|Determined riders do their best to thread through the MTA maze, but can the agency make it worth the trouble?|
Photo by: detail, Maryland Transit Administration route
Some ways to get Baltimore's mass transit system back on track.
Here's a little story I wrote that appeared in the Baltimore Brew on March 16, 2012 which sums up the basic principles of transit system structure that the MTA violates with impunity. It followed an impassioned account from a rider that appeared three days before, announcing she was giving up on the MTA.
Rude, sadistic bus drivers are but the tip of the symptomatic iceberg, when it comes to what’s ailing the Maryland Transit Administration. Actually, bus drivers are victimized by the same impossible transit system that riders have to deal with.
Here are 10 rules of transit planning which the MTA mostly violates with impunity, but if they would adhere to them, bus drivers could actually succeed in making the system work.
1 – The rail system should carry as much of the ridership load as possible. The empty seats on the rail system are the MTA’s biggest best untapped resource and potential economy of scale. In this regard, the Mondawmin Metro feeder bus hub is one of the few places where the system actually mostly works.
2 – All bus routes should be as short as possible. The longer a route, the more possibilities for things to go wrong and the farther buses can get behind schedule.
3 – A hierarchy of long and short routes should be established, allowing each to do what it can do best.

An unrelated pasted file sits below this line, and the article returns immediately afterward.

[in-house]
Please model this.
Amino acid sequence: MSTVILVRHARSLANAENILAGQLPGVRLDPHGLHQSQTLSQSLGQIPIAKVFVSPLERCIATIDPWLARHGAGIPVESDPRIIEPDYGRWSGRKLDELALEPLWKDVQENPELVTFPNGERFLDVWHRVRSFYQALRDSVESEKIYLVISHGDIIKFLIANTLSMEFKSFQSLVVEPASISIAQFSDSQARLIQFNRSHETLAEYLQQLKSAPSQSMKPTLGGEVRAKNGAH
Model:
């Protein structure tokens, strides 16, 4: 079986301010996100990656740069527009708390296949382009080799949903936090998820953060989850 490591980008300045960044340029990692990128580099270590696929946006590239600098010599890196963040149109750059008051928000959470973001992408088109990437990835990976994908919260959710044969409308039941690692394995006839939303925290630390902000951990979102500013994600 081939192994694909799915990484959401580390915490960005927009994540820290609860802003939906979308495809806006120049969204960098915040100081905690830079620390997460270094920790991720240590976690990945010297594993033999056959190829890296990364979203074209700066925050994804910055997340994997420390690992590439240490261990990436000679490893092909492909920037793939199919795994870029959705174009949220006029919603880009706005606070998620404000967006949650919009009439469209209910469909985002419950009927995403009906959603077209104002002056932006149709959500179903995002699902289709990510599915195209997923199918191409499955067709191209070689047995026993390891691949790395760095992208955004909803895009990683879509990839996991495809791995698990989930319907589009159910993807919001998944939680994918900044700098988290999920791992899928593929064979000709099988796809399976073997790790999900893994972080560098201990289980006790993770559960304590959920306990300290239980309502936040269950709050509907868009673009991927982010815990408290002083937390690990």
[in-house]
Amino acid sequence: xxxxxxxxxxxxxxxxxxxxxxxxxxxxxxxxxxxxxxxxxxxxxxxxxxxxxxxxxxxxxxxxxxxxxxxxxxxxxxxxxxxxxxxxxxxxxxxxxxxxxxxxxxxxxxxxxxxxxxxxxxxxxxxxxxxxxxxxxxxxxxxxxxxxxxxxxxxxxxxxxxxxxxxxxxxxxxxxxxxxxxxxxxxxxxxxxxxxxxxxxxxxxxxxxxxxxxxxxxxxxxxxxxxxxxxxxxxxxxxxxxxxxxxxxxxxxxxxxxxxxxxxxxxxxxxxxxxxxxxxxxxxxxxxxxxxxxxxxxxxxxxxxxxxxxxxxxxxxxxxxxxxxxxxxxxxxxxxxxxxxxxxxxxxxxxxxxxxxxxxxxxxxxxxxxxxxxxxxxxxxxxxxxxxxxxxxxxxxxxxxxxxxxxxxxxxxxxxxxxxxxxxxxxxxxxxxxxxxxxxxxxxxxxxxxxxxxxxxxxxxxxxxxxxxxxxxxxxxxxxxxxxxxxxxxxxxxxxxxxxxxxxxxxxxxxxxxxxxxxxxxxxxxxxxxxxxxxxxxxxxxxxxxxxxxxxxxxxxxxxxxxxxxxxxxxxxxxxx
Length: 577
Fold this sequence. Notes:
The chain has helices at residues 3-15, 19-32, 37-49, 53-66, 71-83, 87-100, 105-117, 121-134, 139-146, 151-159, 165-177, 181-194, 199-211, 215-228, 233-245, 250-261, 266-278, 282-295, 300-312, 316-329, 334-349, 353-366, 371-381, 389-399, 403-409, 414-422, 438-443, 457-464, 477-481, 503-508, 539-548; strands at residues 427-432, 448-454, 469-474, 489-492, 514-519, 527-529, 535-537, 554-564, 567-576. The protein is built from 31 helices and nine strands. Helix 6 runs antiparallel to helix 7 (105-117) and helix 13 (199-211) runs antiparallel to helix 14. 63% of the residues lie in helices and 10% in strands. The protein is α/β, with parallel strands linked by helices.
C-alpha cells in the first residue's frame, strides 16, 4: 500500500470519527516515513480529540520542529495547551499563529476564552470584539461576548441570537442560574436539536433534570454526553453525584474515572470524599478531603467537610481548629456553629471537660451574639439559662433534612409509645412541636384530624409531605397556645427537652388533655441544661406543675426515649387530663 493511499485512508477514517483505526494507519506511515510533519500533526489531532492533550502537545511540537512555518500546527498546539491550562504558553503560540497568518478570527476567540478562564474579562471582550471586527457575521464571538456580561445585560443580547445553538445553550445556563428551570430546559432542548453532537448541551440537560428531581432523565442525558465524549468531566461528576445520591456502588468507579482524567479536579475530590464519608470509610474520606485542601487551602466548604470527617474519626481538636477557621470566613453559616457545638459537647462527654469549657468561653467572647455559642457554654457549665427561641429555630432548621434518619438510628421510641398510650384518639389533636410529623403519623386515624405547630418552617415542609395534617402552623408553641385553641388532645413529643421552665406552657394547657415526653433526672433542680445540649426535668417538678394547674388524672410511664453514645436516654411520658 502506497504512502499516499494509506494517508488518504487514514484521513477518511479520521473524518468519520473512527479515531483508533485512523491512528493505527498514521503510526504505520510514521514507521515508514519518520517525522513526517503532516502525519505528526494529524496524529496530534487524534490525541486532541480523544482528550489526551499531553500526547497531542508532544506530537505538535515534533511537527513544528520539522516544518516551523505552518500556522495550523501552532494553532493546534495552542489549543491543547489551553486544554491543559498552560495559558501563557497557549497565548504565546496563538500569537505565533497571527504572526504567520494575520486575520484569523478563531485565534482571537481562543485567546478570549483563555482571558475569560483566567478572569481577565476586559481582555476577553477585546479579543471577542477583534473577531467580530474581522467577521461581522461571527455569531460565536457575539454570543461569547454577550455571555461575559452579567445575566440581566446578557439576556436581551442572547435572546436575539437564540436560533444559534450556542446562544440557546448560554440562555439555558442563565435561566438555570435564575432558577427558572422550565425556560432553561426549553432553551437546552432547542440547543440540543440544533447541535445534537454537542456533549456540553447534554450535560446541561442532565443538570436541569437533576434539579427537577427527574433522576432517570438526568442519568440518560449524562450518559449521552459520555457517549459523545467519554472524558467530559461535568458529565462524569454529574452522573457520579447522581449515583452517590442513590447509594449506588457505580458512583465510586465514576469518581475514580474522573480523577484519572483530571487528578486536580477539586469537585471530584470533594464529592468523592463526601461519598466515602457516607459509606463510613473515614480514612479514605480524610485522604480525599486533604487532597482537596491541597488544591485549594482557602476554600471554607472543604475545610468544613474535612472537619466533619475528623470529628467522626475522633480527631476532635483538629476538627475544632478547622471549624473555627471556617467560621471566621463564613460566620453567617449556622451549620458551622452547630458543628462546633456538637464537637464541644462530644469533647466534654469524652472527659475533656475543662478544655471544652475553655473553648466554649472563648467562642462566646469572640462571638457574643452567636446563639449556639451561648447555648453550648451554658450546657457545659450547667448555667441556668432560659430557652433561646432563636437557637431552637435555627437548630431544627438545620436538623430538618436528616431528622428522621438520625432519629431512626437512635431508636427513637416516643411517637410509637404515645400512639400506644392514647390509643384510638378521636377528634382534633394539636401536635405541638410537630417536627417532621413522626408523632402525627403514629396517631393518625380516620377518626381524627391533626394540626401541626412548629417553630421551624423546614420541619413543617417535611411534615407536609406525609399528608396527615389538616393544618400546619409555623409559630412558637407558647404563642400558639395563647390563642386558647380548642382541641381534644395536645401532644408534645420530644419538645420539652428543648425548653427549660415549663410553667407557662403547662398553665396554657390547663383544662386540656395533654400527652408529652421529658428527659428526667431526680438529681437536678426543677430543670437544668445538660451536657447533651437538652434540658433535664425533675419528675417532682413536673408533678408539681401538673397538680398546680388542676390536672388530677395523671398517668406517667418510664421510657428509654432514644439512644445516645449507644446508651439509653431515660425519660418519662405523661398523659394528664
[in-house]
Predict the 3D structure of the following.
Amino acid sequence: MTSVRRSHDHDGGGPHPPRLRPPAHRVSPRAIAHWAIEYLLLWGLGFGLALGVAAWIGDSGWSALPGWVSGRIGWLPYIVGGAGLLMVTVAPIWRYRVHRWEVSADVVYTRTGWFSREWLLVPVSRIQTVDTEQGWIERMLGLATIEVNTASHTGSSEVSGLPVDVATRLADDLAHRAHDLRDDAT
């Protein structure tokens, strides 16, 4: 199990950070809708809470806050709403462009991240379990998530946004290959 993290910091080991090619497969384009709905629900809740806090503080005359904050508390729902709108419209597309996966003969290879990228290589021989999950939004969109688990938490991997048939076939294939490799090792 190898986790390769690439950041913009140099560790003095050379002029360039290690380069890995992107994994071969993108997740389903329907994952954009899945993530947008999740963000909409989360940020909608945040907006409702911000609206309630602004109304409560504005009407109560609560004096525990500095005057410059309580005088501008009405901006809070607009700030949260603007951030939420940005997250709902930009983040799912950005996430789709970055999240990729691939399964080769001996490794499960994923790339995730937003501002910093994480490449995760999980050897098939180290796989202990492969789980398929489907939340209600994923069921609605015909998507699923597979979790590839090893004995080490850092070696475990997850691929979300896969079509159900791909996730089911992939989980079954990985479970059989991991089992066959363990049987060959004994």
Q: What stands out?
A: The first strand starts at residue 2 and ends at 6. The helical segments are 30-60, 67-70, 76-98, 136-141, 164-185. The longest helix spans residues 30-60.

4 – For short routes, speed is less important and frequency is more important. High frequency makes reliability less of an issue because if a bus doesn’t come, another is scheduled to arrive soon. The city’s Charm City Circulator, which has an altogether more relaxed atmosphere than the MTA buses, can be a model. Redundancy with the Circulator, however, prevents more frequent service and needs to be eliminated.
5 – For long routes, speed is far more important, so routes should be located on faster roads with fewer stops. The MTA’s recent introduction of “Quick Bus” routes is a step in the right direction.
6 – Routes must be branded. Shorter routes can be branded for local neighborhood identity, creating a sense of local pride of ownership: “This is OUR bus route.” Riders will then demand courtesy from both drivers and each other, just like guests in our homes. Splitting the #1 line into branded South Baltimore and Sandtown lines makes a lot more sense than a temporary Fort McHenry Circulator.
7 – Fares should vary by trip or route length instead of “one fare fits all,” which defies all transportation marketing and economic sense. The electronic Charm Card creates opportunities for this which the MTA has so far ignored.
8 – There should be a comprehensive system of transit connection hubs, especially for the rail system, to replace the current system chaos with a coherent structure. An easy place to start is the parking lot next to the MTA’s Lexington Market Metro operations building on Eutaw Street, north of Saratoga Street.
9 – By far the most important rail system expansion priority must be to extend the Metro beyond Hopkins Hospital to a comprehensive transit hub comparable to the DC Metro/MARC New Carrollton Station. The official proposal to extend it to North Avenue/Broadway by 2035 would come far too late and virtually preclude any future extensions beyond that. A far cheaper extension to Edison/Monument could be done far sooner and facilitate future extensions to Bayview, Canton, White Marsh, Middle River and Dundalk.
10 – The proposed multi-billion-dollar Red Line is almost totally irrelevant to Rules 1-9. The continued existence of this plan merely demonstrates how the lame, directionless MTA has been manipulated by the developers, the Greater Baltimore Committee, City Hall, etc.